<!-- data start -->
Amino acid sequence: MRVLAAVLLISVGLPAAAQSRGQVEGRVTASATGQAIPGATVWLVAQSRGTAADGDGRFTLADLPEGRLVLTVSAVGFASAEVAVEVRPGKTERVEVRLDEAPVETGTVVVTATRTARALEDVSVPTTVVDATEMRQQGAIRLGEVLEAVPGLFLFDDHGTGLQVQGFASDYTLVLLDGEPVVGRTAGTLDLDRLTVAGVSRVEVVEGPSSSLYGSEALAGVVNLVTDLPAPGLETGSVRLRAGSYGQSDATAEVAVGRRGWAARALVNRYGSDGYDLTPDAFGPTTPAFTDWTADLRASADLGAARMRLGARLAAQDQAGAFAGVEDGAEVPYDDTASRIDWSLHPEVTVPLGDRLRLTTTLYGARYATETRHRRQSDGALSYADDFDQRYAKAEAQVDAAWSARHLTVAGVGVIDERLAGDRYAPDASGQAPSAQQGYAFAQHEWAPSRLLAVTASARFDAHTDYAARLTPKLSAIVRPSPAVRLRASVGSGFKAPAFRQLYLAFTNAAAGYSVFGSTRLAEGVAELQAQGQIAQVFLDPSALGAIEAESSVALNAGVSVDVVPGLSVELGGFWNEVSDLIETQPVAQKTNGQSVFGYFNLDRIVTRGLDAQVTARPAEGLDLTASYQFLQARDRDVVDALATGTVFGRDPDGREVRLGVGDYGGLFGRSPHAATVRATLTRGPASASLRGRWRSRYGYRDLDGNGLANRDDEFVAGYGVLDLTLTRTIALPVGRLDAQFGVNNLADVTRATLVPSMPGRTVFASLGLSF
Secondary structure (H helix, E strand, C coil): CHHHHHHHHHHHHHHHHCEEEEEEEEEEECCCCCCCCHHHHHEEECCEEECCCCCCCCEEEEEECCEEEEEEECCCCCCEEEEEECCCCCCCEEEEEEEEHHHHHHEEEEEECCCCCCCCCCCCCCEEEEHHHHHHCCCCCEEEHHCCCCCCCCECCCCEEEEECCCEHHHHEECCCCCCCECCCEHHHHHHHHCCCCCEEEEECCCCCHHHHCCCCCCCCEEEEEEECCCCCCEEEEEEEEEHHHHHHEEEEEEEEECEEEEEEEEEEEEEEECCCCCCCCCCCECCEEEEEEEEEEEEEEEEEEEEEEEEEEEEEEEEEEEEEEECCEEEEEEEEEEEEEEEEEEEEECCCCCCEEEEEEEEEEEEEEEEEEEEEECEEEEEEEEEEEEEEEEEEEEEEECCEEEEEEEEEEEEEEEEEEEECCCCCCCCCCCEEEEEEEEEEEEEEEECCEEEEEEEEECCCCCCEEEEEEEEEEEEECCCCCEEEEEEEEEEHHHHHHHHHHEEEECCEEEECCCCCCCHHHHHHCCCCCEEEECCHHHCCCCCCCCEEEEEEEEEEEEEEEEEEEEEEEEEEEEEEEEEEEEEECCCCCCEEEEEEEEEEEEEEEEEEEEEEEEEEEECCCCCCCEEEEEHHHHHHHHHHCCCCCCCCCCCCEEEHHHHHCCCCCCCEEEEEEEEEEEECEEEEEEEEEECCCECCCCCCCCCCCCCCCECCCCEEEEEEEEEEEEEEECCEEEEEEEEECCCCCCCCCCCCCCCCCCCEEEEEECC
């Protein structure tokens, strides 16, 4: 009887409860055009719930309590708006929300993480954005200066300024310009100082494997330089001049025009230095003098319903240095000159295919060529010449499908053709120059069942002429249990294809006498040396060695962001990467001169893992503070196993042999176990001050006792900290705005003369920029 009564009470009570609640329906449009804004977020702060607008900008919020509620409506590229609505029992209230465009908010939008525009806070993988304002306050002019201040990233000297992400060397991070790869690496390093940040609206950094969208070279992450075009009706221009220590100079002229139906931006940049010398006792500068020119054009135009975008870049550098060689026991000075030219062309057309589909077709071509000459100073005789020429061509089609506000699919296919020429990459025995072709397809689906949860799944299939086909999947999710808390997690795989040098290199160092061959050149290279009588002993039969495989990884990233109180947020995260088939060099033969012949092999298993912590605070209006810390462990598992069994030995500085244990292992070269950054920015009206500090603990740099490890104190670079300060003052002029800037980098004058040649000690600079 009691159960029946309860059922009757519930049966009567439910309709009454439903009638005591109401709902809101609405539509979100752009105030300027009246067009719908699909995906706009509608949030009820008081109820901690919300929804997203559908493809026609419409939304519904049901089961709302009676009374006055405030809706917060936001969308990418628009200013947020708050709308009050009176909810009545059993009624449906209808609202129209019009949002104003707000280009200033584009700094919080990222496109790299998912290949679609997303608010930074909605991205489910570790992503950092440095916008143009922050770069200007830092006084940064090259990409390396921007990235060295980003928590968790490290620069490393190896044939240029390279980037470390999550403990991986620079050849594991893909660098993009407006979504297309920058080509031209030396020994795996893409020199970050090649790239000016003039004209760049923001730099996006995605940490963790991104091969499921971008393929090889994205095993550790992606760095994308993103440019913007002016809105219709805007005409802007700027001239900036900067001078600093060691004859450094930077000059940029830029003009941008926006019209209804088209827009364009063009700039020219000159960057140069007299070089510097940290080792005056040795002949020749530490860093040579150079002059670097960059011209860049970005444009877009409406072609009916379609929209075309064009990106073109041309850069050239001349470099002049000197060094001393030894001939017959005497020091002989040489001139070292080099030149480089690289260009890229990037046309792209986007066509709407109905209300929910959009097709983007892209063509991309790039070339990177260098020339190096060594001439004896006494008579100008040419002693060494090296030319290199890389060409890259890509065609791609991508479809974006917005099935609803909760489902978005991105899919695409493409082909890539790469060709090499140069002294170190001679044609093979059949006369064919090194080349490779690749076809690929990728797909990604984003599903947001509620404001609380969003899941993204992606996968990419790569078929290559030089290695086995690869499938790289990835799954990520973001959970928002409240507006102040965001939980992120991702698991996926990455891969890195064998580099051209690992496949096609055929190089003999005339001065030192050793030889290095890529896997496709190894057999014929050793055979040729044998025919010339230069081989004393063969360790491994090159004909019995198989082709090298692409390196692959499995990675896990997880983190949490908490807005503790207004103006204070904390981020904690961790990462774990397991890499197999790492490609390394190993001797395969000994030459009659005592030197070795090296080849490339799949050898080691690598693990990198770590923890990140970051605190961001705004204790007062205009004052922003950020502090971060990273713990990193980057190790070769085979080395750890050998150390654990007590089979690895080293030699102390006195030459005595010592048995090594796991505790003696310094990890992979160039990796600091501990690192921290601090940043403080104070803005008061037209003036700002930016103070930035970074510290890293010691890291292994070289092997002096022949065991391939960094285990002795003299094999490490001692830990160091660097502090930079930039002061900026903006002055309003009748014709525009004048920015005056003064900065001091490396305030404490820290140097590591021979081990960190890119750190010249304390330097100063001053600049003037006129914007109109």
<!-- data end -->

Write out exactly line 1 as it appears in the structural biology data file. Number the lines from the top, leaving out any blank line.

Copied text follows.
Amino acid sequence: MRVLAAVLLISVGLPAAAQSRGQVEGRVTASATGQAIPGATVWLVAQSRGTAADGDGRFTLADLPEGRLVLTVSAVGFASAEVAVEVRPGKTERVEVRLDEAPVETGTVVVTATRTARALEDVSVPTTVVDATEMRQQGAIRLGEVLEAVPGLFLFDDHGTGLQVQGFASDYTLVLLDGEPVVGRTAGTLDLDRLTVAGVSRVEVVEGPSSSLYGSEALAGVVNLVTDLPAPGLETGSVRLRAGSYGQSDATAEVAVGRRGWAARALVNRYGSDGYDLTPDAFGPTTPAFTDWTADLRASADLGAARMRLGARLAAQDQAGAFAGVEDGAEVPYDDTASRIDWSLHPEVTVPLGDRLRLTTTLYGARYATETRHRRQSDGALSYADDFDQRYAKAEAQVDAAWSARHLTVAGVGVIDERLAGDRYAPDASGQAPSAQQGYAFAQHEWAPSRLLAVTASARFDAHTDYAARLTPKLSAIVRPSPAVRLRASVGSGFKAPAFRQLYLAFTNAAAGYSVFGSTRLAEGVAELQAQGQIAQVFLDPSALGAIEAESSVALNAGVSVDVVPGLSVELGGFWNEVSDLIETQPVAQKTNGQSVFGYFNLDRIVTRGLDAQVTARPAEGLDLTASYQFLQARDRDVVDALATGTVFGRDPDGREVRLGVGDYGGLFGRSPHAATVRATLTRGPASASLRGRWRSRYGYRDLDGNGLANRDDEFVAGYGVLDLTLTRTIALPVGRLDAQFGVNNLADVTRATLVPSMPGRTVFASLGLSF